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We asked why you run, here are some answers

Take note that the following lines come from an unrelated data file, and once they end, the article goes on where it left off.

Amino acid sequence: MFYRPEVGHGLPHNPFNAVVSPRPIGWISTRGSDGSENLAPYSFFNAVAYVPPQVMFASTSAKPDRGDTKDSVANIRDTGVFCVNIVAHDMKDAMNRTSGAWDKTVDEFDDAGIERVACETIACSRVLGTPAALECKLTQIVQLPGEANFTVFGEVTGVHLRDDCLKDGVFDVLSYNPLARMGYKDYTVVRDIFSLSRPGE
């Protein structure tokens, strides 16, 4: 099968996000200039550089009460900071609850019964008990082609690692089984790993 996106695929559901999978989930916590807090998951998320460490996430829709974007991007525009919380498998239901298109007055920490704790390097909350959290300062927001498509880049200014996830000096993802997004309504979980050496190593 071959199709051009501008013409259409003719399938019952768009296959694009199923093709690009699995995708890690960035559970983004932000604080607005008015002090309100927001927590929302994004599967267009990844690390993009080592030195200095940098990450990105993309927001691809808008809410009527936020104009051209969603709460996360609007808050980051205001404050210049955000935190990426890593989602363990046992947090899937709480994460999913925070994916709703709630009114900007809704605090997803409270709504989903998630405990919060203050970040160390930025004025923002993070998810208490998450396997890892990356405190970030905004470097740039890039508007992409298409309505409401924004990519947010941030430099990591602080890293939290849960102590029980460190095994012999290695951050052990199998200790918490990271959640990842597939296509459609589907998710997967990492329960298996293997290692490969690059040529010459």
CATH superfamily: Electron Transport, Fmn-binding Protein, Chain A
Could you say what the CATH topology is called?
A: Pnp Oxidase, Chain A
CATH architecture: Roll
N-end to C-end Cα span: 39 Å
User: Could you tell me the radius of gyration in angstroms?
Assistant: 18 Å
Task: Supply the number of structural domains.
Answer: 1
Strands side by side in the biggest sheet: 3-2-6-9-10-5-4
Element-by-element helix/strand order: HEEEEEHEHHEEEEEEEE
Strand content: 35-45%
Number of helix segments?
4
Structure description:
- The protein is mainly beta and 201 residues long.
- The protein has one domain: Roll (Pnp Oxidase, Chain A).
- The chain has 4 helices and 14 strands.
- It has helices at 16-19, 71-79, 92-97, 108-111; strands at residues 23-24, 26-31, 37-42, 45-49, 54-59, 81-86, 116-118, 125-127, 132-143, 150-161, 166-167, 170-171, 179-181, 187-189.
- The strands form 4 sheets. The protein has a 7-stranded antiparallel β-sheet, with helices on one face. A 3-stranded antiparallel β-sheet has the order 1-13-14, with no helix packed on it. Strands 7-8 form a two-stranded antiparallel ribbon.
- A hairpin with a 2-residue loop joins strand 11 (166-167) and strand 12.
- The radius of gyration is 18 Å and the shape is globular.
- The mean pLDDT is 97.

The Royal Gazette asked participants of The Royal Gazette Bermuda Triangle Challenge 2020 to consider the question, ‘Why I run?” and to share their replies with us.The responses have been heart-warming and moving. We thank you for sharing your story with us. Below are some of the responses we received.• Lisa Gorke wrote: “Three years ago, I was diagnosed with type 2 diabetes and I was over 200lbs. I felt terrible and knew something had to change. I had always wanted to run but I could barely finish a block let alone a mile. So two years ago I signed up for my first 5K and started the couch to 5K programme. I ran four 5Ks last year and a friend invited me to come to Bermuda for the BTC. I started training and was diagnosed with skin cancer. I wasn’t able to work out for three weeks and I thought my chances of finishing a half were done. But I remained focused and am up to almost nine miles. I feel confident that I will finish the half!“Through running and cycling, I have lost 40lbs, have become an athlete at 45, and eliminated type 2 diabetes. I am healthier than ever. I feel like I have found the most amazing people and community in running. After working so hard to finish a half for the BTC, I decided to take a chance and keep the momentum going by running the NY Half in March for JDRF, to fund research to eliminate T1D.”• Allison Levy wrote: “I just turned 50 in September and I recalled what most of my friends were telling me about this half-century age mark. ‘It only goes down here from here.’ ‘Your body will start making all kinds of weird changes.’ ‘You’ll start getting flab where you didn’t think possible.’ Uh, heck no I said. I will fight into my 50s and beyond. I will keep going. I will not play into this role of getting old. In fact, this Bermuda Triangle Challenge is exactly the “throw it in their face” challenge that I need to show them, to show anyone acquiring years on the body does by no means make you OLD. In fact, thinking back over eight years ago, long distance running wasn’t even in my vocabulary. I always thought it would be cool to run a marathon, heard others talking about it, but never minded it after that. “That is until my friend Craig, who was turning 58 and had survived cancer, told me he was running the Disney World Marathon. What the hey? Good for you Craig. Then a few short years later, I moved from Virginia to Florida and Craig came back into my mind. All those excuses I had so many years ago, too cold, too hilly, too ‘fill in the blank’, were now gone. Soooo, thinking on Craig, I realised I had no more excuses and he did it at the age of 58 and a cancer survivor, surely I can too.“So I did. I ran my first ever marathon at Disney World in 2013 and as of today, have completed 18 full marathons, over 30+ half marathons and too many too count 5Ks. In fact, I just placed first in my age division at the Viking Dash Trail Race in Milwaukee this month, and completed that 18th marathon in Madison, WI where I currently live (yes cold and hilly). “I embrace running because I value life. Life for me is being active and while being the oldest on the trip, not being the slowest.”• Anne-Marie (Harris) Bell, a Bermudian currently living abroad, wrote: “Why do I run? At age 53 I run for me! I also run for my health both physically and mental. Running fills my bucket: laughs and friendships, travel, great beer and wine after a good long run with friends, strength, tone, fitness, example for my kids to undertake any challenge, problem solving as I run, working through pain when injured, getting through tough cold New England winters, competition with myself and against others, yet co-operative kindness raising money for charities such as the Leukaemia and Lymphoma Society, Martha’s Vineyard Community Health Service and my latest charity Animal Society for Protection Against Cruelty of Animals.“Running has gotten me through post graduate school at age 47 to become a nurse practitioner. Running has got me through a painful unexpected divorce. I goal-set and accomplish those goals! Running keeps my competitive juices in motion. Mostly cliché as it may sound, however, running brings me happiness being outdoors all year in the fresh air in all conditions seeing the beauty of our nature no matter where I am.“Bermuda is my island home of birth and to me will always be my home in my heart whether I am here or in the US. I am so grateful to run on this island bringing now a third group of friends to enjoy these turquoise waters with Bermuda family and friends. I thank the race organisers for putting on such a fun and well-polished event this year in the midst of winter. Amity Island Running Club group thanks you all (Martha’s Vineyard Island, MA USA). This is my current other island home. Next goal…..train for 50th year of the NY City Marathon Nov 1, 2020 raising at least $3500 for the ASPCA.”• Mary McManus, from Boston, wrote: “After a serious knee injury in December of 2014, I was told I should stop running and prepare for a total knee replacement. I once again harnessed the power of the mind/body connection and revamped my training regimen. Running Bermuda was on my bucket list for years and in 2016, 2017 and 2018 I ran the Bermuda Half Marathon. “In 2018, my husband and I were joined by our daughter after she had numerous hospitalisation without any clear diagnosis. We ran the Bermuda Half Marathon together! “From February of 2018 until August of 2019, Ruth Anne endured 14 hospitalisations and numerous visits to urgent care until I was able to make the diagnosis of an auto immune condition called PANDAS that she had lived with since childhood and adolescence, but it was misdiagnosed as other conditions. With proper treatment, she started running again in early September after a two-year hiatus.“We had abandoned the idea of returning to Bermuda to run during Race Weekend because we were all so exhausted from Ruth Anne’s health crises. My husband was even registered for the Challenge after we returned from the island in May after a long weekend. We were going to go to another warm destination and relax by the pool and go to the beach for our midwinter getaway.“Yesterday (Sun 12/29) we decided that just sitting on a beach somewhere did not serve Ruth Anne’s recovery or our collective mental health. We have been in Bermuda for Race Weekend since 2016 (Tom ran the 10K last year).“Within a few hours, our flight was rebooked to Bermuda and The Royal Palms had a room available for us at the same rate they quoted last May. It was meant to be! Just as I use running to heal from the effects of paralytic polio and trauma, our daughter finds that running is her best medicine! She has been running five miles on Heartbreak Hill for the last month. She ran a Jingle Bell race that was all hills. “Running weaves together a beautiful fabric of our lives together as a family. While my pace is slower, we always find a way for them to run at their pace and we meet up along the way. Running is our therapy, our path to health and wellness, a source of great joy and tests our mettle while forging friendships to last a lifetime. We are out in nature, unplugged living life to the full transcending the challenges that life has presented to us. We run to inspire others that they are not their diagnosis.“Ruth Anne is poised and ready to run her first 10K since 2018 and to leave the past three years of her life in the rear-view mirror excited to run along pink sand and turquoise blue water on race weekend.”• Doug Richards, of Redditch, UK, wrote: “I was a relatively late starter on the running scene, not going for my first one-mile run until I was 33 years old. However, I soon became hooked and found it had enormous benefits, not only for my physical health, but also on my mental wellbeing, as I have suffered several severe episodes of anxiety and depression throughout my life. I have always kept a diary of my runs and now, at 71 years of age, I have clocked up over 22,100 miles since that first one-mile run. I have been lucky enough to have travelled widely to experience running in many parts of our planet, and have completed at least a half-marathon on all seven continents, Including Antarctica. I have run in environments as hot as the Gobi and Sahara deserts, and as cold as the north polar ice-cap in Greenland and in a wintry Siberia. In the past year, I have been focusing on running on islands, and have completed events on Easter Island, Sao Miguel island in the Azores, and Cyprus. This will be my very first visit to Bermuda, and I am really looking forward to the challenge.“Running has played an enormous part in my life’s experiences, and I have been able to document my struggles and triumphs in two books, Running Hot & Coldand Can We Run With You Grandfather? My publishers have recently asked me to write a third book, and it would be great to include my experiences in Bermuda within this. My goal now, health permitting, is to reach a total mileage of 24,902 miles, the circumference of our planet at the equator.”• Scott Bowes, of Mars, Pennsylvania, wrote: “Good evening. I wanted to take a minute and share with you why the Bermuda Triangle Challenge is so meaningful to us. Ken Lehman, a citizen of Bermuda who currently resides in Pittsburgh, PA shared our story in the e-mail below. After reading it, I felt compelled to reach out as well, expressing my heartfelt gratitude for the opportunity to run in Bermuda’s signature running event as I am the father of the girl Ken references. Ken notes that a group of us have attended and/or participated in the Challenge event over the past few years. What he doesn’t mention is how our running group has evolved over the years, leading us to this moment, where my friends are sacrificing time and energy to help a family heal and bring awareness to a meaningful cause. “Our group didn’t form overnight. It was over a few years’ span, through a series of random interactions that led us to come together, to begin running together. While none of us would consider ourselves a top tier runner, we do appreciate and celebrate our accomplishments together. That togetherness, the support for one another, has never been more evident than now. “Ken is correct, my daughter was a very successful runner, winning a number of races, and the holder of many school records. Her athletic performance was constantly improving, knowing no bounds. However, life is unpredictable. Upon her diagnosis, Mckenna spent nearly a month in and out of the hospital. She knows her life will never be the same, but has approached her new challenges with the same fighting spirit that has always been on display. “As of today, Mckenna continues her recovery, having shown much improvement, and has even started running again. I never thought I would be sitting here today, writing to you about my daughter with Lupus and our mission to raise awareness and funds to fight this disease. I also never thought I would have such meaningful friendships ….as I said, life is unpredictable. Thank you for considering our story.”• Kenny Lehman, of Wexford, Pennsylvania, in the e-mail referenced above by Scott Bowes, wrote: “First off, I want to say we love this race and have participated in the Bermuda Triangle Challenge the last five years. We bring a group of 10-13 people from Pittsburgh, PA every year. I am a citizen of Bermuda and my family currently lives on the island. My family is the Lindo’s, who own Lindo’s Market.“My reason to run the full challenge this year was very easy. I’m running for a 16-year-old girl in Pennsylvania named McKenna Bowes. She was well on her way to becoming an elite runner and going to a Division 1 University to run track. Every dream was about to be met until this July when she collapsed at a track meet. She was rushed to the hospital that day and several tests were run on her. A few days she was dealt a serious blow and diagnosed with a debilitating non curable disease called Lupus. I’ve coached her since she was nine and wanted to raise money and race for her in Bermuda! To date we have raised nearly 4,000 in her name! Her road will be long and hard but there will be 10 of us in Bermuda running for her and honouring her. You will see us on the course with custom #kennastrong shirts!“So we would love nothing more to share her story and more about the disease Lupus! Looking forward to sharing her story with the world!”• Janice Bracken Wright, of Rome, Georgia, wrote: “I first visited Bermuda with my parents as a child in the 1960s, staying at the lovely Bermudiana Hotel in Hamilton. I fell in love with the island and remember every detail of that trip. “When my husband Buster and I married in 1990, I knew that he would love Bermuda too. We stayed at the Oxford House on our first visit. We rented a moped for the first time. It felt like we visited every square inch of the country. He was smitten, too.“Because Buster has been an avid runner all of his adult life, it seemed like the perfect Christmas gift to plan a long weekend in Bermuda for the International Race Weekend in 1996. We stayed at the Rosedon that weekend and for many race weekends to follow. After that first beautiful (and challenging) 10K run, we made the commitment to run that race as often as we could.“We had to miss a few race weekends over the years because of illness, injury, or work-related responsibilities, but we look forward to running our twentieth Bermuda 10K in January of 2020. I have run the race in my 30s, 40s, 50s, and now 60s. Over the years, we have run the 10K in hot weather, cold weather, torrential rain, high winds, and even hail. It is always fun no matter what the weather, largely because of the spirit of the event with so many people lining the streets to encourage the runners. Buster is listed in the programme by his legal name which is Cecil Baker Wright III. So we always smile to hear people calling out ‘Run, Cecil!’ with the soft British e.“About 12 years ago, we purchased a fractional ownership at Tucker’s Point Golf Villas so that we could visit the island four or five weeks a year. Part of our contract ensured that we could always have space on race weekend, even though the property is technically closed for maintenance in January. “We have joined in the life of Holy Trinity Church, Bailey’s Bay, and have made so many local friends that we cannot run a mile of the race without seeing people we know cheering us on.“I have framed all of my race numbers and medals. They are a daily reminder of the joy of running in Bermuda, our home away from home.”• Karen Panzirer, of New York, wrote: “When I received the email about the 2020 Bermuda Triangle Challenge, I just knew I had to participate. I turn 50 years old just two weeks later, on February 4 and I couldn’t think of a better way to ring in my fiftieth lap around the sun than with running three races in three days in one of my favourite places on earth! “We are from NY. My dad was terrified to fly. He wouldn’t get on a plane to go anywhere however Bermuda was the only exception. He and my mom used to go once a year with some friends for a long weekend and it became very near and dear to them. My mom first introduced me to Bermuda in 2003, a year after my dad passed from a train accident (go figure). I was a young mom, 33 years old. My mom has carried on the tradition of coming back as often as we can, frequenting all of our favourite places! Every time we land she sings Bermuda is Another World, one of her favourites along with Yellow Bird. Bermuda has become a very special place in our hearts and our family. Bermuda truly is ‘another world’ ... there is no other place like it. This is why I am ringing in my fiftieth birthday by running around the island that brings me such happiness!”• Jose Andrade, wrote: “I run most Bermuda races many times many years and I participate on this race for many times and I run for health and I enjoy on the race day.”• Dennis Holt wrote: “I am not an athlete. I run because it is a way of celebrating life and demonstrating to my children that life is worth taking on regardless of circumstances. This is why I took up running longer distances when I was diagnosed with glioblastoma in April 2015. “The oncologist told me that I had a year and a half, maybe two, to live. So, I started running 5Ks. When I was keeping company with my brother after his wife died of lung cancer, he encouraged me to join him for a BAA 10K run in Boston with him. He said, if you can do five you can do 10. “It was a wonderful way of being together after many years of being apart. In April 2020 it will be five years since my diagnosis, surgery, radiation, and chemo. I am now 74 going on 75. After completing several 10K races, the natural next thought was: if you can do 10 you can do 20, plus a little. I ran my first half-marathon on Kiawah Island, South Carolina, this December. My brother couldn’t run because of an injured hamstring, but he came down to cheer me on, along with my wife — who has also been a treasure of encouragement. I am hoping to improve my time in Bermuda. I am very lucky to have survived this long. I will run in the spirit of gratitude, but also remembering all those, many surely more deserving than I, whose life has been cut short by this disease.”• Joseph I Emas, of Canada, wrote: “I am looking forward to returning to finish the Bermuda Triangle Challenge (as I completed the Challenge in 2015 at age 60).“I would complete the New York Marathon in 2013, and, more recently, completed the London Marathon in spring of 2019, and Berlin in the autumn of 2019 (the latter two, finishing near the back but still incredibly grateful to cross the finish line, were marathons 37 and 38). I am also set to run the Tokyo Marathon on March 1, 2020 for my sixth World Marathon medal. However, I run for the lifestyle, the memories made during the training and in the race itself, and amazing people I meet along the journey! “If interested, my history: http://www.xgames.com/espnw/athletes-life/showcase/9909069/4/joseph-emas-hey-backI call it the old guy still running article!• Rebecca Koenig, of US, wrote: “I started to run just over two years ago. Up to that point, I had lived a none athletic lifestyle. The pivoting point in my life was going to the doctor and her pointing out that over five years I had gained 20lbs. She challenged me to lose the 20lbs in five years. What I took from that doctor’s visit was that it was time I start to take care of me and my needs. During those five years my mom was diagnosed with Parkinson’s and Early Onset Dementia and I went through a divorce. That was a very rough time in my life and I had focused my energy on keeping my head above water and not on my health.“The same week as meeting with the doctor, my mom was placed on hospice care. I was very close to my mother. I was a mommas girl and she was a major part of my life. Knowing we were heading into the end stages of her life was devastating. I knew I needed to find something to get me through this very hard time. “I found that in running. It gave me a purpose to literally keep moving one-foot step at a time. I joined my local half-marathon in training team on a Saturday night and got up the next morning and made it to a three-mile run. I had to walk some of it, maybe most of it, but it was something to encourage me to keep moving (after all I did not know how to get back unless I followed the route forward). “I made wonderful connections and lasting friendships. I would tell my mom what I was doing and where I was going on our training routes. I was running the half-marathon in honour of her and others who were not able to use their physical body like I could.“My mom passed away the weekend after the half-marathon (three months after entering hospice care). I think she held on waiting to hear me tell her all about the race. At that point she was not able to talk, eat, or do anything but listen to me. Every run I do remains in her honour. I find it very cathartic and usually at least once along the way I cry in honour of all the amazing things she taught me. She gave me the strength when it was extremely painful and scary. She had taught me to keep going after dreams no matter how hard they are.“Since she has passed, I have ran several half-marathons. This year I also completed my first full marathon. I am running the Bermuda Triangle Challenge to meet another goal of mine, running with my family. I have my sister and stepmother running the 10K with me. I plan on running the one mile, 10K and the half-marathon. I look forward to this experience. It will be my first race running alongside my sister and step mom. Thank you for allowing me to tell my story.”• PwC Bermuda sent the following message to highlight one of their employees, who is taking part in the weekend races. The company said: “Edwina Arorash, at 64 years young, is competing in her 16th Bermuda Triangle Challenge full marathon. Edwina is an administrative services executive at PwC Bermuda, the sponsor of the half and full Marathon.She ran her first marathon challenge in 1997. And last year was her 38th year participating in the May 24 Half-Marathon Derby.“Edwina first became interested in running when she saw Marionette Bean-Simmons run on May 24 for the first time. It’s hard to believe that women were not taking part in marathons until the late 1970s.”Ms Arorash said: “Marionette was the first and I believe the only woman to run May 24, in 1977, and inspired me to run. I got involved in training when they officially allowed women to run in 1978 and I ran it for the first time in 1979.”PwC Bermuda added: “The Derby is important to Edwina because her uncle Leah Arorash and cousin Arthur Lambert ran the race when she was a child. They have since passed, and she wanted to keep their memory alive by running competitively.She opted to do the Bermuda Challenge (Half-Marathon) from years 2015 to 2019, but this year marks her return to the full marathon!“She started her almost daily training for the marathon back in August. Her advice for someone new to running and competing in the PwC Half/Full Marathon: be in great physical condition, have a checkup and let your doctor know your plans. If running the marathon, drink plenty of water leading up to the race and don’t miss out on the water stops and ‘not too much black rum on some of the stops!’ “She says to also make sure to warm up and stretch so you won’t cramp during the race and have a healthy breakfast 1½ hour before the race. Eating a banana helps from cramping and make sure to wear comfortable sneakers, socks and apparel. Do not go out too fast. Run your own race! “Edwina adds that running in Bermuda is an excellent way to meet people who all share a healthy common goal. She said ‘No matter how fast or slow you are, there is nothing better than the ‘runner’s high’ we all feel when we cross that finish line.’”• Christann Elisabeth Rogers, of the US, wrote: “I’ve always believed people who run are either running from something or running to something.“Having been a runner for 40+ years, the first 10 for exercise (running from bad health or weight gain), the middle 10-20 to race and see things, and for exercise (running to a new destination, running to a prize or affirmation, but also running away from feelings of inadequacy, as a woman, a mom etc) and the past 10, where I have found the humbling pursuits of marathon and ultra-marathon trail running, always running to a new piece of God’s creation, meeting a new friend along the way, learning things about myself in the silence and self-doubt. Not running from anything any more — always continuous forward motion. We miss the journey and the joy when we are looking over our shoulder.“I run, simply because I can and I am grateful every single time I run for that reality. Most of what I have been is somewhere in the past — cancer survivor, supermom, wife ... yet being a runner has been and is always out in front of me. For that I am very grateful! So happy to be celebrating my 60th birthday in Bermuda, running, with my lovely daughter!”• Another runner, who gave her name as Mary, wrote: “Fifteen years ago, I wasn’t so sure I’d see 50. While I was pregnant with my daughter, I was diagnosed with metastatic melanoma which spread to my lymph nodes and we worried it could have spread to the placenta and my baby. Two surgeries while pregnant and a lot of tests and scans during and after my pregnancy made me awfully nervous. “The long story short is that my daughter was born healthy and cancer free. He name is Viva for “live long”. She will turn 15 in 13 days and is a runner (and varsity basketball player) now too! She is staying home this weekend for basketball practices. We will visit Bermuda again someday to run together.“My grandmother worked for the Army in the 1960s as a librarian and was stationed on Bermuda, so it has always been my dream to visit. My grandfather actually flew his own plane from KY to Bermuda to propose to my grandmother. This will be a story I will always remember and treasure.“Soooo you see ... coming to Bermuda to celebrate my half century is a dream come true for several reasons. I just hope the marathon and my body co-operate with me tomorrow for a strong finish. This will make my 60th marathon run in 25 years. Thanks for all you are doing to support the runners.”